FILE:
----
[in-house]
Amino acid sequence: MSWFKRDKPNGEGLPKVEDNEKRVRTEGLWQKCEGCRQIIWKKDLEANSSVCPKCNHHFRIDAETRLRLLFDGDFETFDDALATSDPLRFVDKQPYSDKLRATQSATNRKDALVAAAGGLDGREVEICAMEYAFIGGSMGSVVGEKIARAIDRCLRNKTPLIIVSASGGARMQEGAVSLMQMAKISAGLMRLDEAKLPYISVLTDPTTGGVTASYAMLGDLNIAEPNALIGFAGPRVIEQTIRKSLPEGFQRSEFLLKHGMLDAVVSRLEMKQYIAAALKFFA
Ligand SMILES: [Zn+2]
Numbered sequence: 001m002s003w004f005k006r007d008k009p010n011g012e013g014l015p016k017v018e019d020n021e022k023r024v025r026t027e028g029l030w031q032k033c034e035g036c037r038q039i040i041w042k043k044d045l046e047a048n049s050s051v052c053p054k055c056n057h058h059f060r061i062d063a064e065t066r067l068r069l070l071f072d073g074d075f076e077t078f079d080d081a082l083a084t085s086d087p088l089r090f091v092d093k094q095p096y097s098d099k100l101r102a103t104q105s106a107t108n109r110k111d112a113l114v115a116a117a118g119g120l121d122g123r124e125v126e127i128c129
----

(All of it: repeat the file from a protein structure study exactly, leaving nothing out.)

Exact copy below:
[in-house]
Amino acid sequence: MSWFKRDKPNGEGLPKVEDNEKRVRTEGLWQKCEGCRQIIWKKDLEANSSVCPKCNHHFRIDAETRLRLLFDGDFETFDDALATSDPLRFVDKQPYSDKLRATQSATNRKDALVAAAGGLDGREVEICAMEYAFIGGSMGSVVGEKIARAIDRCLRNKTPLIIVSASGGARMQEGAVSLMQMAKISAGLMRLDEAKLPYISVLTDPTTGGVTASYAMLGDLNIAEPNALIGFAGPRVIEQTIRKSLPEGFQRSEFLLKHGMLDAVVSRLEMKQYIAAALKFFA
Ligand SMILES: [Zn+2]
Numbered sequence: 001m002s003w004f005k006r007d008k009p010n011g012e013g014l015p016k017v018e019d020n021e022k023r024v025r026t027e028g029l030w031q032k033c034e035g036c037r038q039i040i041w042k043k044d045l046e047a048n049s050s051v052c053p054k055c056n057h058h059f060r061i062d063a064e065t066r067l068r069l070l071f072d073g074d075f076e077t078f079d080d081a082l083a084t085s086d087p088l089r090f091v092d093k094q095p096y097s098d099k100l101r102a103t104q105s106a107t108n109r110k111d112a113l114v115a116a117a118g119g120l121d122g123r124e125v126e127i128c129